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Who owns this house? Protect your interests

The Knox Estate

They picked the wrong house in which to squat: an estate belonging to the heirs of former Davidson Mayor Russell Knox. The family, including his son, current Mayor Rusty Knox, includes lawyers and real estate brokers, commercial and residential.

They know what they are doing in all things real estate, and they got it done fast. Not everyone is so fortunate, Rusty says.

Knox

“The most important thing is that anyone who has vacant property, the No. 1 thing they need to do is check on it regularly. If it is managed by a property management company, they need to make sure they do appropriate vetting of who the prospective tenants are,” he said.

The squatters, who said they were from the “Moorish Nation,” knew what they were doing. Squatters can take up residence in a vacant property, and, knowing our flawed system, can transfer utilities and even get mail in their name at the residence.

In the Knox case, they were able to get in because a door key was hidden on the porch.

Squatters are people who move into abandoned, foreclosed, or otherwise unoccupied homes or premises. Generally, under United States law, the rightful owners can have a squatter evicted for violating loitering or trespassing laws, unless the squatters can establish that they have tenants’ rights, or can gain adverse possession due to the property having been completely abandoned by the owner.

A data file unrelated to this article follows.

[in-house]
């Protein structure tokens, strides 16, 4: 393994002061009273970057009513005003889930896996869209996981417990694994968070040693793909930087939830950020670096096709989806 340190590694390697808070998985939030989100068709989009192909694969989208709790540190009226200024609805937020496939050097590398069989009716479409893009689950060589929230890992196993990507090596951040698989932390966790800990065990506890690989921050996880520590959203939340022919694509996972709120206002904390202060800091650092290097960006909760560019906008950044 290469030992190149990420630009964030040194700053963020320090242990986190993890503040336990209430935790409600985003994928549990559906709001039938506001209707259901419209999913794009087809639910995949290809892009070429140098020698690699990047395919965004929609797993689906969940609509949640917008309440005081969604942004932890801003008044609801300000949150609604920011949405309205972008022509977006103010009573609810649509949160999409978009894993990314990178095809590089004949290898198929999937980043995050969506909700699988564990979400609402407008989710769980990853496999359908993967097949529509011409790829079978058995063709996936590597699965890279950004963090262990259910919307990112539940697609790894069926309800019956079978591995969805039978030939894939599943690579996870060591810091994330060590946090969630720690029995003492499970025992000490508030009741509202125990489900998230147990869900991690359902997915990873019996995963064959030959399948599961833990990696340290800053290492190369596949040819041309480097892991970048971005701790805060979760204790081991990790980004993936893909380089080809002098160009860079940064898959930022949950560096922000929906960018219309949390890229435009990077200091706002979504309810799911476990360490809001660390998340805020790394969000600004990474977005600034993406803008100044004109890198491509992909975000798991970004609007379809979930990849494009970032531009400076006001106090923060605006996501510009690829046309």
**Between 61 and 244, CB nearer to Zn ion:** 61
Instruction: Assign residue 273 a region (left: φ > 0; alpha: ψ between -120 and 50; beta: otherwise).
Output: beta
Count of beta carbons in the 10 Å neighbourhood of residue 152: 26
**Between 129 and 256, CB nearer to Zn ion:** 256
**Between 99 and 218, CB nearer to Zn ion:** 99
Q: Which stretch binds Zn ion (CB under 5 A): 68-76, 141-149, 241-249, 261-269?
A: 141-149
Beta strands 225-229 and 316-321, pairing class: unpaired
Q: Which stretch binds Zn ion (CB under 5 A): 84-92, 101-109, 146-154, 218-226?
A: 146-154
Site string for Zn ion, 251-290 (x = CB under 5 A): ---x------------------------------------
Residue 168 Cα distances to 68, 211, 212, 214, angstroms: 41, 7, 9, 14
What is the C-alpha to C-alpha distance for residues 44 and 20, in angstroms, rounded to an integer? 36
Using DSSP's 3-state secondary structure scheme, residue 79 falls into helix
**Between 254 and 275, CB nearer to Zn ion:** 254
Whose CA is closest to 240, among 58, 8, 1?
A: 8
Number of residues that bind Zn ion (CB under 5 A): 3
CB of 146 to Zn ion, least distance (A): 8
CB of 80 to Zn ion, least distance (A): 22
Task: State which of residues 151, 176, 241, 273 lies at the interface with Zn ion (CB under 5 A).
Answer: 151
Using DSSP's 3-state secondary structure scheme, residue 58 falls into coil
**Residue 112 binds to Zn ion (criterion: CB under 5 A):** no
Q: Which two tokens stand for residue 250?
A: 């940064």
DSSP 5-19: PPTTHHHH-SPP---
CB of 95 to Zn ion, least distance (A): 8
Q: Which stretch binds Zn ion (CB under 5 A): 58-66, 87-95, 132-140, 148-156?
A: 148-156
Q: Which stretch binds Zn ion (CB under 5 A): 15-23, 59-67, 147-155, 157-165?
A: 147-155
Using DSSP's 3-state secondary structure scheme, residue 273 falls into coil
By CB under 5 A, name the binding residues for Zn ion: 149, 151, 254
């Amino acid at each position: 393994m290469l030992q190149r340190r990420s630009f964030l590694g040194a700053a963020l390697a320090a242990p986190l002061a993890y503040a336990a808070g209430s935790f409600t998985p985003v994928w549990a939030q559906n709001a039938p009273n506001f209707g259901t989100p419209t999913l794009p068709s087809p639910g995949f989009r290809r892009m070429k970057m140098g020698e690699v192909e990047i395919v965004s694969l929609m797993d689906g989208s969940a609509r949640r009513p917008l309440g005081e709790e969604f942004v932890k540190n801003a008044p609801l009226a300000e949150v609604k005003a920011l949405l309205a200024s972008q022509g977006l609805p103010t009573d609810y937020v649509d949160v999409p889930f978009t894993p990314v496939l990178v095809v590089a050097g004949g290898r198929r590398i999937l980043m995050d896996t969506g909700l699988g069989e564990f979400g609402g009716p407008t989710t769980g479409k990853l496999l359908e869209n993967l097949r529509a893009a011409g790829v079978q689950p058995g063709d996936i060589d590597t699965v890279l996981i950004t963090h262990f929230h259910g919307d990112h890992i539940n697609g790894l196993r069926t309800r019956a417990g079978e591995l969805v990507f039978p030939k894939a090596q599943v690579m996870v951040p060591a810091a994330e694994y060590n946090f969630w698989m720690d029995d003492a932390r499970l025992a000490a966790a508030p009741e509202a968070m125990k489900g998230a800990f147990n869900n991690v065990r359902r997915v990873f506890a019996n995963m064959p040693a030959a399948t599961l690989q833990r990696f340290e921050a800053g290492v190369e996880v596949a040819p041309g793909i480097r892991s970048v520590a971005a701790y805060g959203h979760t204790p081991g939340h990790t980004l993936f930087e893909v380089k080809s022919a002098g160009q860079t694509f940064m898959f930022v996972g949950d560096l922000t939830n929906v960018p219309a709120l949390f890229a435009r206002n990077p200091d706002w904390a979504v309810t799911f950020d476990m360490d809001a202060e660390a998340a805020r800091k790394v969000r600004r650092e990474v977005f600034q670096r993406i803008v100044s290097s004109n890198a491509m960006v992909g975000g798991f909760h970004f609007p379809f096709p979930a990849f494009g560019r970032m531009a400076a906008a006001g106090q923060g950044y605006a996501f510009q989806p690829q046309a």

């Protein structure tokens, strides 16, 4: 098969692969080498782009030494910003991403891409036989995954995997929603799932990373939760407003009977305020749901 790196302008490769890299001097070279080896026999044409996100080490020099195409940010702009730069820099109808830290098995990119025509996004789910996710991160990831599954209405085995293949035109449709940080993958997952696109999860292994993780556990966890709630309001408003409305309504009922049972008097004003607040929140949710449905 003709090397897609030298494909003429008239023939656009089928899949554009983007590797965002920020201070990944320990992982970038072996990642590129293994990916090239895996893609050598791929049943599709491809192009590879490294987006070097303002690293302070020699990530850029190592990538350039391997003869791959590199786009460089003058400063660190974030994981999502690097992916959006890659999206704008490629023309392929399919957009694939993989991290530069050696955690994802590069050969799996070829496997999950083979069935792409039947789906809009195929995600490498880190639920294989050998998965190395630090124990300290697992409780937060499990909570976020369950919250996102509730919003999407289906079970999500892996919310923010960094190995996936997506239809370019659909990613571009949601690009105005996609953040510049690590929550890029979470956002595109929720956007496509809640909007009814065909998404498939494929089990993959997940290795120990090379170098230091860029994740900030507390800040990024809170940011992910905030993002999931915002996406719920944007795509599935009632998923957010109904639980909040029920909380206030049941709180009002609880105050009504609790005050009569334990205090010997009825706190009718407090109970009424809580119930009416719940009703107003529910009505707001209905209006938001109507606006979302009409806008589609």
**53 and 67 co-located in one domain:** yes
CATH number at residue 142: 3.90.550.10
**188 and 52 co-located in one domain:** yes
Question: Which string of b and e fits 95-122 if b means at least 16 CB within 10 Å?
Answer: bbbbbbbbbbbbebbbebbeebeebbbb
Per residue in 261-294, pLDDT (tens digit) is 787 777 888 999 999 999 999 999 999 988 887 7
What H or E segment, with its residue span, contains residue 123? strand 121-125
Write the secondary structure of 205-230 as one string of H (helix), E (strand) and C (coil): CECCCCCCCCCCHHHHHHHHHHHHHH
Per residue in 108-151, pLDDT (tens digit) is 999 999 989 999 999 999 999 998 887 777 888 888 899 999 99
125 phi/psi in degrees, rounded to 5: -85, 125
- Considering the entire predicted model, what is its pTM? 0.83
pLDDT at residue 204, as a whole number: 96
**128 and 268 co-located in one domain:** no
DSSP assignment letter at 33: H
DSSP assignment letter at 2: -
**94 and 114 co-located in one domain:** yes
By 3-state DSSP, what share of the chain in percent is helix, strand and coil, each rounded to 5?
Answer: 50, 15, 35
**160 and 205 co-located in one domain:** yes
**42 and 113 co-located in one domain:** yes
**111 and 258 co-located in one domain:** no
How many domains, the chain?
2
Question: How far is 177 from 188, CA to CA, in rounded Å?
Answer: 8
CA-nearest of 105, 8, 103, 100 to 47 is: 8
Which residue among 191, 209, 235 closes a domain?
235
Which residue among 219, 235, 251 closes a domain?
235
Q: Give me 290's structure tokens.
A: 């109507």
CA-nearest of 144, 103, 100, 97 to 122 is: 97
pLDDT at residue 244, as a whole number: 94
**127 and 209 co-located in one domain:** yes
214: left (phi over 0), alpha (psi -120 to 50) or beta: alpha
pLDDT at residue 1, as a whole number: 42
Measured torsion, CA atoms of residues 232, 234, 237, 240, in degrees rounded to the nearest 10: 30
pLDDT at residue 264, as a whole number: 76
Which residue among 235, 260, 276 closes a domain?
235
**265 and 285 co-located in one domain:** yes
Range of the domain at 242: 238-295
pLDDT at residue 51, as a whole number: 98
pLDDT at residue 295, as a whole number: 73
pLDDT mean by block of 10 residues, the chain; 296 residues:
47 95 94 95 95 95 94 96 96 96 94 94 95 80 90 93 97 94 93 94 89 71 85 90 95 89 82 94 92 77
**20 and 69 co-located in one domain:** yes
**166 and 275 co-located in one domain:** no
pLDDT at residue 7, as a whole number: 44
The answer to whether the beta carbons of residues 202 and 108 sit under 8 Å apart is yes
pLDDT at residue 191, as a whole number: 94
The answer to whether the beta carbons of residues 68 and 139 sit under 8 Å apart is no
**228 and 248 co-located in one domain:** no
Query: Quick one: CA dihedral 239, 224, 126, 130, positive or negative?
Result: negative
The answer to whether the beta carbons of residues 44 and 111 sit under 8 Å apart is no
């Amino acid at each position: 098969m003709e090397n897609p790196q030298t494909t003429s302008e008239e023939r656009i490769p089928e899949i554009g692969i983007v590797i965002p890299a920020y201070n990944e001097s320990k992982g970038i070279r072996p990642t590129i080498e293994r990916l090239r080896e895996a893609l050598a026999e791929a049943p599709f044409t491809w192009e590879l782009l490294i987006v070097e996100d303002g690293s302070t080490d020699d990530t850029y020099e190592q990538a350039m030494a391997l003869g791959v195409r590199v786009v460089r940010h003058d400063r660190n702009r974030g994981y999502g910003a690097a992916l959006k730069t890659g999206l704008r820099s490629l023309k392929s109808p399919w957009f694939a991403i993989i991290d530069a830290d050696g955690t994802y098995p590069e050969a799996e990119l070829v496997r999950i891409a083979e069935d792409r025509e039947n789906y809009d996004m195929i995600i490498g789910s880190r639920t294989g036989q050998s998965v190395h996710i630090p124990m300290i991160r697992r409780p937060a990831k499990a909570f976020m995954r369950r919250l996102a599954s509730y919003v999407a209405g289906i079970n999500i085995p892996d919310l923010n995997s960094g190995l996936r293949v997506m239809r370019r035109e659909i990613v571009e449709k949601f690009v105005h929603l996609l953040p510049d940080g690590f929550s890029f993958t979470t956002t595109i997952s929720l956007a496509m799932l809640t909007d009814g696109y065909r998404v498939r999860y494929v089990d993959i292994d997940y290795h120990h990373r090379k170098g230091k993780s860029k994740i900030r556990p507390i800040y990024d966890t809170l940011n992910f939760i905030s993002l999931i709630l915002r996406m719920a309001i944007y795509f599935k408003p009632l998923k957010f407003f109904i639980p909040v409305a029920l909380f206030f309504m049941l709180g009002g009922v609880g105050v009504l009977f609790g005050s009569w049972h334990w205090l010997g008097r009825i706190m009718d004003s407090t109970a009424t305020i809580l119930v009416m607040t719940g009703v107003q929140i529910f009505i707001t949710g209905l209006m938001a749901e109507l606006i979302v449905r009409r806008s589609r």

Squatters openly take possession; trespassers break windows and doors to gain entry. Trespassersdo not have utilities and have no furniture. Police are much more willing to eject trespassers.

Fight back in court:

“The most important thing is when this does happen you need to follow up and prosecute to the fullest extent that you’re capable of doing,” Knox said. His brother Michael Knox is an attorney, which helped around legal expenses and a speedy response by the Knox heirs.

It also helped that the Knoxes have literally centuries of history in North Meck, dealing with government back when documents were signed with a quill pen on paper.

Bradford

John Bradford, the owner of Park Avenue Properties, a property management firm based in Cornelius, says one of the challenging issues for rightful property owners is that North Carolina is not a “self-help state.”

North Carolina law states that it is against public policy to evict a tenant by any means other than court proceedings. (NC Gen. Stat. § 42-25.6.) Any attempt to evict a tenant without a court order constitutes a self-eviction or a “self-help” eviction and the rightful property owner can be held liable.

The former District 98 Representative explains that a landlord simply cannot change locks, disconnect utilities and forcibly remove someone.

“North Carolina requires a summary ejection action—aka eviction—where the courts have the authority to grant possession,” he says.

This often takes 45-60 days start to finish, which can have disastrous results for the property involved.

Hiring an eviction attorney is the best course of action.

Bradford has other pointers for those who find themselves with a vacant property, for any reason ranging from a tenant moving out to a death in the family.

• Be cautious about giving a lock box code over the phone to allow self-showings. This means the prospects are unaccompanied and, while unlikely, can possibly move in and take possession unbeknownst to the landlord.